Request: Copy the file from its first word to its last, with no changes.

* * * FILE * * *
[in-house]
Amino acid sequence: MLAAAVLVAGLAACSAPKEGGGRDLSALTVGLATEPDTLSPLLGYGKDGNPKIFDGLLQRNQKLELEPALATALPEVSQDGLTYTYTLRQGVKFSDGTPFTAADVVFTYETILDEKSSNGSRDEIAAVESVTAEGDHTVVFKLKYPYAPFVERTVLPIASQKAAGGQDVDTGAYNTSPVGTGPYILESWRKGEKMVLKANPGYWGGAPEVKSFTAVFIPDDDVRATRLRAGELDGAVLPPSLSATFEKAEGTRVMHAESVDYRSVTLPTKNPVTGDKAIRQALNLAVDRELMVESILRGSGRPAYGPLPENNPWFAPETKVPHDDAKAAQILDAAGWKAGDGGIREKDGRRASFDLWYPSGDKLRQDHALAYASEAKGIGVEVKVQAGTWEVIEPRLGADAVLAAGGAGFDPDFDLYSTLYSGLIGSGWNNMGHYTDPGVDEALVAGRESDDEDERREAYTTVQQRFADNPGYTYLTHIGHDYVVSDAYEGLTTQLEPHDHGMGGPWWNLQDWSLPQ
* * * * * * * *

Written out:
[in-house]
Amino acid sequence: MLAAAVLVAGLAACSAPKEGGGRDLSALTVGLATEPDTLSPLLGYGKDGNPKIFDGLLQRNQKLELEPALATALPEVSQDGLTYTYTLRQGVKFSDGTPFTAADVVFTYETILDEKSSNGSRDEIAAVESVTAEGDHTVVFKLKYPYAPFVERTVLPIASQKAAGGQDVDTGAYNTSPVGTGPYILESWRKGEKMVLKANPGYWGGAPEVKSFTAVFIPDDDVRATRLRAGELDGAVLPPSLSATFEKAEGTRVMHAESVDYRSVTLPTKNPVTGDKAIRQALNLAVDRELMVESILRGSGRPAYGPLPENNPWFAPETKVPHDDAKAAQILDAAGWKAGDGGIREKDGRRASFDLWYPSGDKLRQDHALAYASEAKGIGVEVKVQAGTWEVIEPRLGADAVLAAGGAGFDPDFDLYSTLYSGLIGSGWNNMGHYTDPGVDEALVAGRESDDEDERREAYTTVQQRFADNPGYTYLTHIGHDYVVSDAYEGLTTQLEPHDHGMGGPWWNLQDWSLPQ